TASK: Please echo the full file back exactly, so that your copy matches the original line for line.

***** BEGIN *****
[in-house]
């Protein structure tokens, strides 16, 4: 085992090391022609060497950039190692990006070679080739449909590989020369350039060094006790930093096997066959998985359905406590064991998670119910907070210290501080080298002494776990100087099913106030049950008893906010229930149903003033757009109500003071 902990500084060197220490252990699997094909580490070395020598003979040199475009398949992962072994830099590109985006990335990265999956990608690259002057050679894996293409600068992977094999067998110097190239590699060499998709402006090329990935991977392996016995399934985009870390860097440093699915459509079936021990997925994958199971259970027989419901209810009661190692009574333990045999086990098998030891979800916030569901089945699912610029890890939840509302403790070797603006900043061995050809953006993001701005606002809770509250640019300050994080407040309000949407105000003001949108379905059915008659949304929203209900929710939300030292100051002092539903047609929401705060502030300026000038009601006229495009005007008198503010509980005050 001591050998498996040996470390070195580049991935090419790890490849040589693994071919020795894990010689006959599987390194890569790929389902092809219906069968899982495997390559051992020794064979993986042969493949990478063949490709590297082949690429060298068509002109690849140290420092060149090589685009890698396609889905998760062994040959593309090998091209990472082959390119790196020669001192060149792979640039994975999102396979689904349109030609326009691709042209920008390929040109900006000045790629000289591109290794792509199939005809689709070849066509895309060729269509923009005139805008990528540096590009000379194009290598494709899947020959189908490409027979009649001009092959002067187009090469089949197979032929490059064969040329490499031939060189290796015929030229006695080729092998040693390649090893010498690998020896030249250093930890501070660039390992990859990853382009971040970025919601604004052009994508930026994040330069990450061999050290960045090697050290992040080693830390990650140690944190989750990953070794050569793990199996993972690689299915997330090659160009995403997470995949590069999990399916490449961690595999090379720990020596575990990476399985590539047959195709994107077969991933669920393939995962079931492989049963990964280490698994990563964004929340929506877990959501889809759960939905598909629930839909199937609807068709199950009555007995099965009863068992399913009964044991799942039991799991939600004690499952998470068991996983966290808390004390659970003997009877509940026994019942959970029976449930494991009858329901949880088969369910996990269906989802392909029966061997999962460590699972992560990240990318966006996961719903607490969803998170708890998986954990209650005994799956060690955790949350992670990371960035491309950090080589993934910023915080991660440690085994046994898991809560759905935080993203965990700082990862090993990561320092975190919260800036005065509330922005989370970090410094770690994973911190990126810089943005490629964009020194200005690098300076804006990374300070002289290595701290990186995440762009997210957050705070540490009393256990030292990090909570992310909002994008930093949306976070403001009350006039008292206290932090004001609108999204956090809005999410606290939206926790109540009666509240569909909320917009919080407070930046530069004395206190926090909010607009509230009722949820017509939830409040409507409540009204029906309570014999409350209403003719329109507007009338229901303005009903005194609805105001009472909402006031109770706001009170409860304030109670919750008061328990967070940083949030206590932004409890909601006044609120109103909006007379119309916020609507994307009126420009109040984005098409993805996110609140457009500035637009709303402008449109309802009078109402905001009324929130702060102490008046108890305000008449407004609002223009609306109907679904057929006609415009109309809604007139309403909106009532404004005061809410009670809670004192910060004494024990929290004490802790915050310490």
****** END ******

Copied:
[in-house]
């Protein structure tokens, strides 16, 4: 085992090391022609060497950039190692990006070679080739449909590989020369350039060094006790930093096997066959998985359905406590064991998670119910907070210290501080080298002494776990100087099913106030049950008893906010229930149903003033757009109500003071 902990500084060197220490252990699997094909580490070395020598003979040199475009398949992962072994830099590109985006990335990265999956990608690259002057050679894996293409600068992977094999067998110097190239590699060499998709402006090329990935991977392996016995399934985009870390860097440093699915459509079936021990997925994958199971259970027989419901209810009661190692009574333990045999086990098998030891979800916030569901089945699912610029890890939840509302403790070797603006900043061995050809953006993001701005606002809770509250640019300050994080407040309000949407105000003001949108379905059915008659949304929203209900929710939300030292100051002092539903047609929401705060502030300026000038009601006229495009005007008198503010509980005050 001591050998498996040996470390070195580049991935090419790890490849040589693994071919020795894990010689006959599987390194890569790929389902092809219906069968899982495997390559051992020794064979993986042969493949990478063949490709590297082949690429060298068509002109690849140290420092060149090589685009890698396609889905998760062994040959593309090998091209990472082959390119790196020669001192060149792979640039994975999102396979689904349109030609326009691709042209920008390929040109900006000045790629000289591109290794792509199939005809689709070849066509895309060729269509923009005139805008990528540096590009000379194009290598494709899947020959189908490409027979009649001009092959002067187009090469089949197979032929490059064969040329490499031939060189290796015929030229006695080729092998040693390649090893010498690998020896030249250093930890501070660039390992990859990853382009971040970025919601604004052009994508930026994040330069990450061999050290960045090697050290992040080693830390990650140690944190989750990953070794050569793990199996993972690689299915997330090659160009995403997470995949590069999990399916490449961690595999090379720990020596575990990476399985590539047959195709994107077969991933669920393939995962079931492989049963990964280490698994990563964004929340929506877990959501889809759960939905598909629930839909199937609807068709199950009555007995099965009863068992399913009964044991799942039991799991939600004690499952998470068991996983966290808390004390659970003997009877509940026994019942959970029976449930494991009858329901949880088969369910996990269906989802392909029966061997999962460590699972992560990240990318966006996961719903607490969803998170708890998986954990209650005994799956060690955790949350992670990371960035491309950090080589993934910023915080991660440690085994046994898991809560759905935080993203965990700082990862090993990561320092975190919260800036005065509330922005989370970090410094770690994973911190990126810089943005490629964009020194200005690098300076804006990374300070002289290595701290990186995440762009997210957050705070540490009393256990030292990090909570992310909002994008930093949306976070403001009350006039008292206290932090004001609108999204956090809005999410606290939206926790109540009666509240569909909320917009919080407070930046530069004395206190926090909010607009509230009722949820017509939830409040409507409540009204029906309570014999409350209403003719329109507007009338229901303005009903005194609805105001009472909402006031109770706001009170409860304030109670919750008061328990967070940083949030206590932004409890909601006044609120109103909006007379119309916020609507994307009126420009109040984005098409993805996110609140457009500035637009709303402008449109309802009078109402905001009324929130702060102490008046108890305000008449407004609002223009609306109907679904057929006609415009109309809604007139309403909106009532404004005061809410009670809670004192910060004494024990929290004490802790915050310490």